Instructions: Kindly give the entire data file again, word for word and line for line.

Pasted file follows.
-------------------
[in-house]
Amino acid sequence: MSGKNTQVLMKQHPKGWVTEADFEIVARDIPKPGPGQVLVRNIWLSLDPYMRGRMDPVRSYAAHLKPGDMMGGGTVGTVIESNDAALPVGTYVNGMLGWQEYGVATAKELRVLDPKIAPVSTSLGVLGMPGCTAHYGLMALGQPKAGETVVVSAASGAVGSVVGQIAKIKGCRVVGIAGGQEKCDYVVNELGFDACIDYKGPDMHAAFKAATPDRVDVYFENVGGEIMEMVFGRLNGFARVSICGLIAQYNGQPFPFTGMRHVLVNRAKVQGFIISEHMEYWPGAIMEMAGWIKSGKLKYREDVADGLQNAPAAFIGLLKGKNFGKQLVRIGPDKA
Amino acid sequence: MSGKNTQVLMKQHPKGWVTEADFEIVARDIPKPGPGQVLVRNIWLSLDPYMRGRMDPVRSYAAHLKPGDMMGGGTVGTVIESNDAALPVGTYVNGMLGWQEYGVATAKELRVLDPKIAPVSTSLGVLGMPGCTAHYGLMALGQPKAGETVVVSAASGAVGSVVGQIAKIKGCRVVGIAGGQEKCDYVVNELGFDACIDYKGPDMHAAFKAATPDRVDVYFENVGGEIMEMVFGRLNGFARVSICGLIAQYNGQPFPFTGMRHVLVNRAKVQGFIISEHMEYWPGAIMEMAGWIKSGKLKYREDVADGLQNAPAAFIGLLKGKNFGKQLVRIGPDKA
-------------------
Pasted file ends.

[in-house]
Amino acid sequence: MSGKNTQVLMKQHPKGWVTEADFEIVARDIPKPGPGQVLVRNIWLSLDPYMRGRMDPVRSYAAHLKPGDMMGGGTVGTVIESNDAALPVGTYVNGMLGWQEYGVATAKELRVLDPKIAPVSTSLGVLGMPGCTAHYGLMALGQPKAGETVVVSAASGAVGSVVGQIAKIKGCRVVGIAGGQEKCDYVVNELGFDACIDYKGPDMHAAFKAATPDRVDVYFENVGGEIMEMVFGRLNGFARVSICGLIAQYNGQPFPFTGMRHVLVNRAKVQGFIISEHMEYWPGAIMEMAGWIKSGKLKYREDVADGLQNAPAAFIGLLKGKNFGKQLVRIGPDKA
Amino acid sequence: MSGKNTQVLMKQHPKGWVTEADFEIVARDIPKPGPGQVLVRNIWLSLDPYMRGRMDPVRSYAAHLKPGDMMGGGTVGTVIESNDAALPVGTYVNGMLGWQEYGVATAKELRVLDPKIAPVSTSLGVLGMPGCTAHYGLMALGQPKAGETVVVSAASGAVGSVVGQIAKIKGCRVVGIAGGQEKCDYVVNELGFDACIDYKGPDMHAAFKAATPDRVDVYFENVGGEIMEMVFGRLNGFARVSICGLIAQYNGQPFPFTGMRHVLVNRAKVQGFIISEHMEYWPGAIMEMAGWIKSGKLKYREDVADGLQNAPAAFIGLLKGKNFGKQLVRIGPDKA